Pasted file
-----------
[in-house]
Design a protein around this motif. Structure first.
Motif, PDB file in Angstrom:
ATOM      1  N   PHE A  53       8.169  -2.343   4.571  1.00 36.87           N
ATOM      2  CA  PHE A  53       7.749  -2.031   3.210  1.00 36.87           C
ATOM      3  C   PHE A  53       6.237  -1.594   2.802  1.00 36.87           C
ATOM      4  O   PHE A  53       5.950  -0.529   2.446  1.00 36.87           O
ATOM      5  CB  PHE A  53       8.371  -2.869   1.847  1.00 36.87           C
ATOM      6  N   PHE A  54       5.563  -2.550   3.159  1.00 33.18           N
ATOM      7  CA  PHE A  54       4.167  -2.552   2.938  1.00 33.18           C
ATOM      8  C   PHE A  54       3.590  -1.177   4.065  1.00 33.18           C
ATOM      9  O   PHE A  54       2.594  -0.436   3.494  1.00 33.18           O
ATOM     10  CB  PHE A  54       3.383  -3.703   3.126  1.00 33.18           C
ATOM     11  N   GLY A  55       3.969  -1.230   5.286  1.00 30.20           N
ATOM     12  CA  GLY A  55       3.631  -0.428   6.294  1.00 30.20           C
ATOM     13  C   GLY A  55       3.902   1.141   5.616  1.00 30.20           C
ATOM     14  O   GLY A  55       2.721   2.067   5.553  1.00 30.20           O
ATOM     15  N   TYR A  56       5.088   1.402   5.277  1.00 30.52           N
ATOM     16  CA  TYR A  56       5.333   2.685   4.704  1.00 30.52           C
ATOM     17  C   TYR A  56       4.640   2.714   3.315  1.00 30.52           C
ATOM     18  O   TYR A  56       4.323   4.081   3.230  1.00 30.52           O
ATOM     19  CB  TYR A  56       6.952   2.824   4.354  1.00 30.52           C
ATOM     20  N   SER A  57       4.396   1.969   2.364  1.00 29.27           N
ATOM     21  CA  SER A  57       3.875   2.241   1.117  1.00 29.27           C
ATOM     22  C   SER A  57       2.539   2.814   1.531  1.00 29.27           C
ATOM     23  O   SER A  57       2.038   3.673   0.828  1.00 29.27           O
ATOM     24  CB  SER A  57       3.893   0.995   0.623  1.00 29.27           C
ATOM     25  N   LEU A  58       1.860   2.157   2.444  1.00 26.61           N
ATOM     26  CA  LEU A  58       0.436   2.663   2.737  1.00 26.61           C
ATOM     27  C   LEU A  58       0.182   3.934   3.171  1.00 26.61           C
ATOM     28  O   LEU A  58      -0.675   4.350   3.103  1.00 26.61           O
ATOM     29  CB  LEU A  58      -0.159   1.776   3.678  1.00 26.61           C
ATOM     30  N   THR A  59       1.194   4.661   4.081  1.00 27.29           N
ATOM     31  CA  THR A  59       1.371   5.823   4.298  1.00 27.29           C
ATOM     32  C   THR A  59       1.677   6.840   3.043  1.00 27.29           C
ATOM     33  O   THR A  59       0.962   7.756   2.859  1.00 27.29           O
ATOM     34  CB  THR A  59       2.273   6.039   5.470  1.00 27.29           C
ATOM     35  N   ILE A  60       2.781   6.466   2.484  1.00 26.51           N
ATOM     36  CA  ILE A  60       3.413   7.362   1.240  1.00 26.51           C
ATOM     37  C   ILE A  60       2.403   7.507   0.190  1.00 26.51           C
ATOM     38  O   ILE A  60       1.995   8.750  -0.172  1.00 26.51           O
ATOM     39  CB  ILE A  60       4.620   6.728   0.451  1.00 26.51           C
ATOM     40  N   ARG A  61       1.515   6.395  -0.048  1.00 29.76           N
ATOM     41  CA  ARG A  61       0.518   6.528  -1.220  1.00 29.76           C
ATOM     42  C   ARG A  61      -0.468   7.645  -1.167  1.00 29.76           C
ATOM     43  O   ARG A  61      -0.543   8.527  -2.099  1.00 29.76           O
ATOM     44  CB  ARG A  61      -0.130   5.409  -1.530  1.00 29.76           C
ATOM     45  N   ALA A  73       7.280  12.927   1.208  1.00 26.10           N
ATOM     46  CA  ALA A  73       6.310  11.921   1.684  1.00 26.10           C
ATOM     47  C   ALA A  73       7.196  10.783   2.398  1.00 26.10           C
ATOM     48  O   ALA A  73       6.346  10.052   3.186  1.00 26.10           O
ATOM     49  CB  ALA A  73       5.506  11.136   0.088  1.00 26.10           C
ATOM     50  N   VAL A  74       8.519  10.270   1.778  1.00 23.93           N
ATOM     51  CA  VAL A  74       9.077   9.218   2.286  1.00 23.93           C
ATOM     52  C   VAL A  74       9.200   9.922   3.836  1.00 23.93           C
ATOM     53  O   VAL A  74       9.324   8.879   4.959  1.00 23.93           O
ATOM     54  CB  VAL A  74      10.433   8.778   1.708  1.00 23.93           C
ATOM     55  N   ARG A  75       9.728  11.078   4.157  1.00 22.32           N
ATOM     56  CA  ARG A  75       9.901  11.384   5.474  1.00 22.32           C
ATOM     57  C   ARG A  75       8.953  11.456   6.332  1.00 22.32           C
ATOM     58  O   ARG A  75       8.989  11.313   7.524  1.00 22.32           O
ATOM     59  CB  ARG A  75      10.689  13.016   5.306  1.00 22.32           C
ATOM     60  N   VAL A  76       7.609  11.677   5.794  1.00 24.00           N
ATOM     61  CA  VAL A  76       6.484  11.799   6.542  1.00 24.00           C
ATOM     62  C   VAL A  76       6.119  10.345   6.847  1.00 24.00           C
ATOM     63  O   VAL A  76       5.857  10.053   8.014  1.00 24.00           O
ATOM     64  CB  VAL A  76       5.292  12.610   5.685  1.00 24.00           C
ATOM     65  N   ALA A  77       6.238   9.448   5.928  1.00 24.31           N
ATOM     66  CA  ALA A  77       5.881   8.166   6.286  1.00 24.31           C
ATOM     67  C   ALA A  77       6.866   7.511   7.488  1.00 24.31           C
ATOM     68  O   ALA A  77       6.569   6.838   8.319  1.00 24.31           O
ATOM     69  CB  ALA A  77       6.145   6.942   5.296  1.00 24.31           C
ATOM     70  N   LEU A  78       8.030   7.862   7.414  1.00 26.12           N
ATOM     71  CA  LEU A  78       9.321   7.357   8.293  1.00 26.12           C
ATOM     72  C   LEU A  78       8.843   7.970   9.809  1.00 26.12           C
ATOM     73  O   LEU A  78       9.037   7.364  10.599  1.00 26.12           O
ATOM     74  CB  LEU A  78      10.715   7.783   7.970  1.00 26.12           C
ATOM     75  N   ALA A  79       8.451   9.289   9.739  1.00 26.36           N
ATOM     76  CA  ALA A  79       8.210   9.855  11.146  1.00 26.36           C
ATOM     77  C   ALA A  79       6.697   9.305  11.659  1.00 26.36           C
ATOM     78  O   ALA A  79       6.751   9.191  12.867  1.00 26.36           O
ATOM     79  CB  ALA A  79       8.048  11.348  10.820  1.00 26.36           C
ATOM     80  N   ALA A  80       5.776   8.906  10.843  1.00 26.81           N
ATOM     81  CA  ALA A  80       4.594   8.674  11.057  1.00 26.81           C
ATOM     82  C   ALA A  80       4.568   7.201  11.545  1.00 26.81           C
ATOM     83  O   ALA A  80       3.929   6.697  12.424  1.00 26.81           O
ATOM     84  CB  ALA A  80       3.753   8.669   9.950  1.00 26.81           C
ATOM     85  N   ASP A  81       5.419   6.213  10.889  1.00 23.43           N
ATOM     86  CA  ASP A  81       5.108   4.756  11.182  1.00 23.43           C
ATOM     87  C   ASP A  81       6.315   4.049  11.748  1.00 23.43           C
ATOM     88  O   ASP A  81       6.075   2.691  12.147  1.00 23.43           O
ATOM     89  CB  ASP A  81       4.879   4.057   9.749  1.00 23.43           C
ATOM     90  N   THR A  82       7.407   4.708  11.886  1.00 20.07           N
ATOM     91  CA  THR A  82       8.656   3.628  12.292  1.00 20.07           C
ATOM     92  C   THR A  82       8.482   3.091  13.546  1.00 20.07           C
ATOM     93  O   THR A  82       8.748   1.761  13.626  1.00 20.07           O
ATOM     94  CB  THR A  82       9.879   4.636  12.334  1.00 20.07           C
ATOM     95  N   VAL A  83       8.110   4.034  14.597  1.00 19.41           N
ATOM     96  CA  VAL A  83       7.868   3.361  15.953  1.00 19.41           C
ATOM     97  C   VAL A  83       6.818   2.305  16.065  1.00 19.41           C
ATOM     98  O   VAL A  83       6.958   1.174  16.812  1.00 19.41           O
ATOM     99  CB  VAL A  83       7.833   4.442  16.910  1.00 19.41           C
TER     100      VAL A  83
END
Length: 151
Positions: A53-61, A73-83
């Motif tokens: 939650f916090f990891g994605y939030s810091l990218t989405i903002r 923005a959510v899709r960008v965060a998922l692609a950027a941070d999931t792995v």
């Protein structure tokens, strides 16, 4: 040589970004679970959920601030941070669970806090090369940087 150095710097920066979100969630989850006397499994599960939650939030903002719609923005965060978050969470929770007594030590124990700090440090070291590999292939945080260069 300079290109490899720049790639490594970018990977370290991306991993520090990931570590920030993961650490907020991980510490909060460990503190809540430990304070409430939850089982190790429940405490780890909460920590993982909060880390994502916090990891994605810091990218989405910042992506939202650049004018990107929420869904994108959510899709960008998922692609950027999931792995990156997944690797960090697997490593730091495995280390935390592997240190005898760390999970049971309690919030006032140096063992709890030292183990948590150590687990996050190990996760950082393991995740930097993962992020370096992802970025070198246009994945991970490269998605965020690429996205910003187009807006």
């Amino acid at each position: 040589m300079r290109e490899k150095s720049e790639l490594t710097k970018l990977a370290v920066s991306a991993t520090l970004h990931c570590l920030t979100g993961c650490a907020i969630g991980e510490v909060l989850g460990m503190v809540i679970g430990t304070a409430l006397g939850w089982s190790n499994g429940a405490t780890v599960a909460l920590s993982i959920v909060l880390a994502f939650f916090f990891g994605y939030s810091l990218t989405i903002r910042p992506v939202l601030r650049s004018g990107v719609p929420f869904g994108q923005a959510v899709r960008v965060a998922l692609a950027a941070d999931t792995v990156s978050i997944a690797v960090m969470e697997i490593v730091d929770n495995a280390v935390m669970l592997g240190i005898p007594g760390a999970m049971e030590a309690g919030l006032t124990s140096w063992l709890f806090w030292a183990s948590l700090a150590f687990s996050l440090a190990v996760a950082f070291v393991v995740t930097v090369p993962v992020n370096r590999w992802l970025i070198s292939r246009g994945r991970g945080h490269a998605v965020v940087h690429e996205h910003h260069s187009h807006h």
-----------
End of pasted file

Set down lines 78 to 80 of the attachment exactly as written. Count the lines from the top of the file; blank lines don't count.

ATOM     75  N   ALA A  79       8.451   9.289   9.739  1.00 26.36           N
ATOM     76  CA  ALA A  79       8.210   9.855  11.146  1.00 26.36           C
ATOM     77  C   ALA A  79       6.697   9.305  11.659  1.00 26.36           C